KEN CURRAN introduces a new political education initiative set to launch in Sheffield this autumn
Socialism as an idea and as a movement has a long history. But as a consequence of Thatcher’s election in 1979, the triumph of neo-liberalism and the collapse of Communism after 1989, socialism became unpopular. Key figures in Labour politics scrambled to avoid being described as socialists and political education and discussion was deliberately suppressed. Young people with radical sympathies turned increasingly to single-issue politics. All sense of direction was lost.
Yet the idea of socialism is arguably more relevant to humanity now than at its inception. The current construction of society is clearly unsustainable. We are degrading our environment to such an extent that we are on course for the planet’s sixth mass extinction. More immediately, there is the question of our response to current political developments, nationally and globally.
Something has to be done.
The purpose of our School for Democratic Socialism is to provide an opportunity for people of all ages and backgrounds to refresh themselves, or embark on serious study for the first time of key thinkers within the socialist tradition. This is not a school for dogma and we are not interested in “history for history’s sake”. We will approach our subject’s thought, and the historical movements to which they relate, in a liberal, critical spirit. We shall seek to understand, raise problems of interpretation, be open to criticism as well as approval, and evaluate and reflect.
The School of Democratic Socialism is therefore a school for co-operative dissent. We hold that while well-informed and free enquiry about our traditions is essential and will be our object, differences may well arise. The democratic exploration of the clash of opinion is necessary in finding viable ways forward.
Community of scholars
We welcome all who are interested in participating in this project. Some will have experience of study in the subject, while others have none, but we intend to operate in the democratic spirit appropriate to a community of scholars. Young people will be particularly welcome.
This programme will be carried out during 2011-2012. The plan is to devote two sessions to each topic. The first meeting will be devoted to introducing the topic and raising key issues for interpretation and discussion. It will provide guidance on reading. After a suitable interval for the completion of reading assignments, we will reassemble for further discussion and conclusions.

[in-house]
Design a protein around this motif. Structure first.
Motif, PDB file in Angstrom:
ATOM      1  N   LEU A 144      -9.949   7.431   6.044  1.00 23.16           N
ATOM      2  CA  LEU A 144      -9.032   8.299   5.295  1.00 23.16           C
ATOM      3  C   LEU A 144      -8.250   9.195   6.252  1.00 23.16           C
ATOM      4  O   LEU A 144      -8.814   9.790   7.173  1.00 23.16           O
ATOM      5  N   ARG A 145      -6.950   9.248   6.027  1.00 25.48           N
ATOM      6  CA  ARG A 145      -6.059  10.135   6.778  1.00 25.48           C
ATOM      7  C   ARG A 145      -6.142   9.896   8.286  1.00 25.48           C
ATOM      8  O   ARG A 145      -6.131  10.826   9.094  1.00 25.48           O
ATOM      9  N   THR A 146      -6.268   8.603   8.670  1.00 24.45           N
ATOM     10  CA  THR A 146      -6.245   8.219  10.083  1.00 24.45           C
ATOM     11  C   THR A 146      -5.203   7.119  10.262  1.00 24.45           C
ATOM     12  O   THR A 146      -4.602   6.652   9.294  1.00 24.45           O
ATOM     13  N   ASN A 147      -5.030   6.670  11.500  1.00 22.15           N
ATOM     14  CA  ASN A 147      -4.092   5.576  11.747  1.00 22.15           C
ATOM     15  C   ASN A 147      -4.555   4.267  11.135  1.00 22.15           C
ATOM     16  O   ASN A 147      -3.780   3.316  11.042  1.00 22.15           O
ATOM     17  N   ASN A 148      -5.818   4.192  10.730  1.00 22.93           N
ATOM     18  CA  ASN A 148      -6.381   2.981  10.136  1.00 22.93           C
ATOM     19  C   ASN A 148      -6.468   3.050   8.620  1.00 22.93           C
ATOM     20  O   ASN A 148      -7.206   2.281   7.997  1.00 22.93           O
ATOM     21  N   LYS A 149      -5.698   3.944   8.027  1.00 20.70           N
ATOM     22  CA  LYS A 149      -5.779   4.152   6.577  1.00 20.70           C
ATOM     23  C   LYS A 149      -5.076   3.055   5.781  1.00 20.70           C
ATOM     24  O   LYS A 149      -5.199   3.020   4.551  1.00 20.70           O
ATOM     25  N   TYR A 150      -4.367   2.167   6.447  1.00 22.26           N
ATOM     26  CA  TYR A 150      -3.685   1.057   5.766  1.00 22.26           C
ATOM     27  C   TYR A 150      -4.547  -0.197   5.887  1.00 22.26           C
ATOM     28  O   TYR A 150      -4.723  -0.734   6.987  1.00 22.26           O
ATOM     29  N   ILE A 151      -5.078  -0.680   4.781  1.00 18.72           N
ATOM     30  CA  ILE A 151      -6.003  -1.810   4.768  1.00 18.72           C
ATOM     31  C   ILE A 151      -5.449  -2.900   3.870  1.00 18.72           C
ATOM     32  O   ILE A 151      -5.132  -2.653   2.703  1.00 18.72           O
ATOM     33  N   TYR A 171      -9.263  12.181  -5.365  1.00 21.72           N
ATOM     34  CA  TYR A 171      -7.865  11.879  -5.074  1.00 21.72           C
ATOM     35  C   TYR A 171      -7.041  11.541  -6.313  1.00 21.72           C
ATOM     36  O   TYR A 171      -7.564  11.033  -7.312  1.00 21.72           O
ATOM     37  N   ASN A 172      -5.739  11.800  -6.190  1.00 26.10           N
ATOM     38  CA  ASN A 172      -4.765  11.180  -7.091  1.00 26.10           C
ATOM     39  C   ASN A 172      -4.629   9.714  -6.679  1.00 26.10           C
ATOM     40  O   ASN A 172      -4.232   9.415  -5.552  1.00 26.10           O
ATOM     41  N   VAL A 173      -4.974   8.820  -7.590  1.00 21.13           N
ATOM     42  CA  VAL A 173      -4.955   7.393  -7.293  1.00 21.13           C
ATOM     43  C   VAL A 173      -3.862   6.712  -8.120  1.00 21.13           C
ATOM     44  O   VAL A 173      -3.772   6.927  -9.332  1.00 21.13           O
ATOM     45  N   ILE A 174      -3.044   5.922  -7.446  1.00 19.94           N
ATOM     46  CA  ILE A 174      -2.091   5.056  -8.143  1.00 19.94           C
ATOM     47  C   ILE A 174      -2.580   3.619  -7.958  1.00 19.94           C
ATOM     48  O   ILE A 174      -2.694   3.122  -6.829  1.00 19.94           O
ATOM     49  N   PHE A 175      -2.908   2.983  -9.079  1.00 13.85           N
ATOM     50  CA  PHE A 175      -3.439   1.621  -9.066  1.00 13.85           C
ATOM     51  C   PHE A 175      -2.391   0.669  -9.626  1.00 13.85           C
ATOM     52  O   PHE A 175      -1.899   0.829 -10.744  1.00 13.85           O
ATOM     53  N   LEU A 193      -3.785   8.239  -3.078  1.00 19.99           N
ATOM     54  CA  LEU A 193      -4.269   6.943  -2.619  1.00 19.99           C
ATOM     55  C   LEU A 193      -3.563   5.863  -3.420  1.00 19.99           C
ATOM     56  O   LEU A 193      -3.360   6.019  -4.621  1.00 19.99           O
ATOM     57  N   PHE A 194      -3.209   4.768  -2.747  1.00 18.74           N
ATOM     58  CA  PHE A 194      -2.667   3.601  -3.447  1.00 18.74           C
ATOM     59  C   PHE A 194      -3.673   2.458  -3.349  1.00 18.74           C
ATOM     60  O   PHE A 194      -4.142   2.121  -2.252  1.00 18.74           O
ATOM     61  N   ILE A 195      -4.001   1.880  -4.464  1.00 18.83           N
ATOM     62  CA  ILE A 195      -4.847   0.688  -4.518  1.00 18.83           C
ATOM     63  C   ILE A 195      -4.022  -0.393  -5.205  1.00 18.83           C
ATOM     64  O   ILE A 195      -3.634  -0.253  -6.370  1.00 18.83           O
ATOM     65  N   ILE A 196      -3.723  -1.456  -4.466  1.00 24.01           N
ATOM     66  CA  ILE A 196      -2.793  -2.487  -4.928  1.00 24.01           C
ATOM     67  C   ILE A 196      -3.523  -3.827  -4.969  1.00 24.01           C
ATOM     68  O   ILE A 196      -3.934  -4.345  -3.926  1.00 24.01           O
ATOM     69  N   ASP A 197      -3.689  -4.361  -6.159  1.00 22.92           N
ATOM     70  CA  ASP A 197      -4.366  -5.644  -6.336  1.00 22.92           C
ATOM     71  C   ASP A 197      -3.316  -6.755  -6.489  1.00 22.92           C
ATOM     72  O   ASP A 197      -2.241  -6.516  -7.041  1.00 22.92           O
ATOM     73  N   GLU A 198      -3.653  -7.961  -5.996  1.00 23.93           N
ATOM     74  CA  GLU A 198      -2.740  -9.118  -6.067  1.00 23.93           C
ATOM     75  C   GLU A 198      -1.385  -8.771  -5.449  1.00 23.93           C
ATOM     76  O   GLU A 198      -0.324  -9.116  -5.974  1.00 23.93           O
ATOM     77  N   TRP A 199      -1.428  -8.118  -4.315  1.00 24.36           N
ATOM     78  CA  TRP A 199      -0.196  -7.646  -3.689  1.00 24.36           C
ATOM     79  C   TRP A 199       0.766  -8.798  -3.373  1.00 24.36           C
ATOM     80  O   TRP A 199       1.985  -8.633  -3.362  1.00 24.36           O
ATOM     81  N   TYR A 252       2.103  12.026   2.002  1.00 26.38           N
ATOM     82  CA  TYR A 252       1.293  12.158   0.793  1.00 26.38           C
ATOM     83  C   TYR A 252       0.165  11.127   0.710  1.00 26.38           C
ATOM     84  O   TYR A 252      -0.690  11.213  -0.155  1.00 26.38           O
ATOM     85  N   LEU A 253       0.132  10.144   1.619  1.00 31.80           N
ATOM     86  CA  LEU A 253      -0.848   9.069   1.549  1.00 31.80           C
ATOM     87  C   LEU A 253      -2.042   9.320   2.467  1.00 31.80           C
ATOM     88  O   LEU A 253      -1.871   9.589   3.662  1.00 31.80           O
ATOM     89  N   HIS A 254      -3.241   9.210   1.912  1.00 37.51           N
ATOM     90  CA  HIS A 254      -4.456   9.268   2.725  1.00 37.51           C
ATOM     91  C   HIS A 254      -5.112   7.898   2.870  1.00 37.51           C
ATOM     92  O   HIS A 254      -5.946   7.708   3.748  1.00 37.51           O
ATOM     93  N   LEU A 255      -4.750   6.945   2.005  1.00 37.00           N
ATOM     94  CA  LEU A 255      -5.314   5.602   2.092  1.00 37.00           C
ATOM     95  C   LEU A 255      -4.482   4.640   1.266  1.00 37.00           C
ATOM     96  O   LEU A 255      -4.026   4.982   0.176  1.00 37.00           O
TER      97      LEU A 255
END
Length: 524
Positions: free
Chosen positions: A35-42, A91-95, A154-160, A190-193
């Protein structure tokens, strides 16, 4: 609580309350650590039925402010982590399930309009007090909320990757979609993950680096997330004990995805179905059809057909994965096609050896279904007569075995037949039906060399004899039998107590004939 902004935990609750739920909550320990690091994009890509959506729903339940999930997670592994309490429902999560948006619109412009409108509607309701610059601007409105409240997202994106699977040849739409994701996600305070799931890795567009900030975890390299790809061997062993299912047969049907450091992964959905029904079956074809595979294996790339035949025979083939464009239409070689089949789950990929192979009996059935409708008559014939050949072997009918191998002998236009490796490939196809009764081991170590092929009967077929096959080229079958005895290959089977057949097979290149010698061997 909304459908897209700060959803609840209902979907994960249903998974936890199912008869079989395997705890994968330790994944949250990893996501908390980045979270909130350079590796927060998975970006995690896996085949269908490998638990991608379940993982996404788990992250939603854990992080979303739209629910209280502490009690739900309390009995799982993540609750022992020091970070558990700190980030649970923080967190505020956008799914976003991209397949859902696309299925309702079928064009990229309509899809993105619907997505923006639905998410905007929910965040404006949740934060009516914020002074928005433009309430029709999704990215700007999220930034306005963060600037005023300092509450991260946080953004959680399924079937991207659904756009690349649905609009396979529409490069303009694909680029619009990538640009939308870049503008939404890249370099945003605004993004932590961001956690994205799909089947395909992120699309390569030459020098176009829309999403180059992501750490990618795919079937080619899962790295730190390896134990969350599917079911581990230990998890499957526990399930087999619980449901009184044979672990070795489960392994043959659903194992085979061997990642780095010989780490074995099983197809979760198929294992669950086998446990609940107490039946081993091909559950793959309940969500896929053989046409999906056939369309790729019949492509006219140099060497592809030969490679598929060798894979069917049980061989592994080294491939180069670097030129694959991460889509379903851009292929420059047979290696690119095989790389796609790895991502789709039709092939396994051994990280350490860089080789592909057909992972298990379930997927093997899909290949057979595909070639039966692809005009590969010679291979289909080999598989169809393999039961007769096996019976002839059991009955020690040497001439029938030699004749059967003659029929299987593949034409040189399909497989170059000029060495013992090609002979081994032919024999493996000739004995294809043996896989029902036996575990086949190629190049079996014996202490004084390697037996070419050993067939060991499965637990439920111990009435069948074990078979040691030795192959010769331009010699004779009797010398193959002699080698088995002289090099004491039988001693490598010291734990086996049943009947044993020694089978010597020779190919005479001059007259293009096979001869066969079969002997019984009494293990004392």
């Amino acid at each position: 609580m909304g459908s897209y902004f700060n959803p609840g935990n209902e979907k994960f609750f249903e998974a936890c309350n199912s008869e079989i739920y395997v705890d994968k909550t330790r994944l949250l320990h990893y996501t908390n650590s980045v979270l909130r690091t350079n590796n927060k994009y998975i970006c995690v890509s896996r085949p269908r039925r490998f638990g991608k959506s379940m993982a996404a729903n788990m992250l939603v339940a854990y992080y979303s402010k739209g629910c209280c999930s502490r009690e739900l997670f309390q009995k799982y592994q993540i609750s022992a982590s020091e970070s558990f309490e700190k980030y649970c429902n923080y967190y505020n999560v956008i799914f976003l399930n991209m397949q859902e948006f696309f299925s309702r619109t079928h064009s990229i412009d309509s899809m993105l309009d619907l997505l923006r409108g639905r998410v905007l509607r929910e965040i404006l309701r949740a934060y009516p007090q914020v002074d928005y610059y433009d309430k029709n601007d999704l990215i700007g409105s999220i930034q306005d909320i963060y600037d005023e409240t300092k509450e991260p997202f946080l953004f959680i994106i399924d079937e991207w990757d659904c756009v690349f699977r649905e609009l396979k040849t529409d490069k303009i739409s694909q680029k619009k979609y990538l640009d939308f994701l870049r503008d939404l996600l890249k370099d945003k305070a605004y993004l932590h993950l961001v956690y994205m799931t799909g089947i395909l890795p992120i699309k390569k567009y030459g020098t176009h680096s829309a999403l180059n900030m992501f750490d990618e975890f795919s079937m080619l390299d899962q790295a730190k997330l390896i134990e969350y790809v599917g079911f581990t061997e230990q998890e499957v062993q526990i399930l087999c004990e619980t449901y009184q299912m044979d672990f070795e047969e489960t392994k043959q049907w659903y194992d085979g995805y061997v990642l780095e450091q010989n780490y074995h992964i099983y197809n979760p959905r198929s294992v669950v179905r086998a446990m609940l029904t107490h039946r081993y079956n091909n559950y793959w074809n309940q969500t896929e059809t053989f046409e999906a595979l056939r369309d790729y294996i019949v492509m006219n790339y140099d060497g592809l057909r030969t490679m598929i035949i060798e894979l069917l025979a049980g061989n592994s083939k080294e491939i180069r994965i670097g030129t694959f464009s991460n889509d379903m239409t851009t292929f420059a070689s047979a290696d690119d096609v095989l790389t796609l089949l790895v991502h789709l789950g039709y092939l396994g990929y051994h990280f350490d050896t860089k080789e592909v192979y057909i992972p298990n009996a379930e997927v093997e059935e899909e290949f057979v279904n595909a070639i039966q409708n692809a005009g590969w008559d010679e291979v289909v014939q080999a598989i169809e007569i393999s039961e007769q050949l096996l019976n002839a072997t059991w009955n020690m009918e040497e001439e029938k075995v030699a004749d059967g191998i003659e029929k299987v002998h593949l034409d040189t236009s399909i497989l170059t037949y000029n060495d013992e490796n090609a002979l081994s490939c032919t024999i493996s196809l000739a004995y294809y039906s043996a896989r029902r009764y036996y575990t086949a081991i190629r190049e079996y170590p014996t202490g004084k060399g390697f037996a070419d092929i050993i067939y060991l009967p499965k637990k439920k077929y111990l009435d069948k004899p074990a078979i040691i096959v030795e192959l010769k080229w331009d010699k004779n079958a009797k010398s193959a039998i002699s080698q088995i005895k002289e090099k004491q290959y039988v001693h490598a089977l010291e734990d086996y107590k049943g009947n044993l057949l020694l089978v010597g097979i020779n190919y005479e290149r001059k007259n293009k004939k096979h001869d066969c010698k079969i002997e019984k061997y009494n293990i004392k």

The programme will be facilitated initially by John Halstead, former tutor of miners, steelworkers, railwaymen, firemen and others undertaking adult education at the University of Sheffield. John was editor of the Bulletin of the Society for the Study of Labour History, and its successor Labour History Review, for many years; is a former Chair of the Society and is now a Vice-President. He is a long-standing Labour Party member and current Secretary of the Co-operative Party in Sheffield.
A steering committee is in process of formation to support the School. In addition to the Ken Curran and John Halstead, this will include Harry Barnes, former Member of Parliament for North East Derbyshire and philosophy tutor in adult education at the University of Sheffield, and Professor Andrew Gamble, formerly Professor at the University of Sheffield, now Professor and Head of Politics at the University of Cambridge.
The curriculum will be developed as we operate, but the first programme proposed includes the following:
- Tom Paine: his views and their relevance
- Robert Owen: his views and their relevance
- Karl Marx: what to accept and what to reject?
- The necessity and possibility of democratic socialism
A preliminary meeting of those interested will be convened to discuss the programme.
The venue will be:
The dates (all Sundays) will be:
Preliminary: 18 September 2011
Tom Paine: 9 & 30 October
Robert Owen: 20 November & 11 December
Karl Marx: 8 & 29 January 2012
Necessity of democratic socialism: 19 February & 11 March.
Assemble 13.30 each Sunday to start not later than 14.00 and finish at 16.00.
This series of meetings are part of a broader programme at the Scotia Works. The broader programme will include a series of occasional lectures by invitation from prominent speakers and personalities on topics important to the labour movement. These events will include space for informal social gathering as well as the lecture discussion at the premises of the Burton Street Foundation. An annual visit to the Working Class Movement Library in Salford or the People’s History Museum at Manchester is also planned.
Anyone interested should contact John Halstead on 0114 258 2541 or firstname.lastname@example.org
Ken Curran is chair of the Manor and Castle Development Trust, a former trade union official and Sheffield City councillor, a Labour Party member and now chair of the Sheffield Branch of the Co-operative Party.
This initiative is supported by the Co-operative Party and the Sheffield District Labour Party.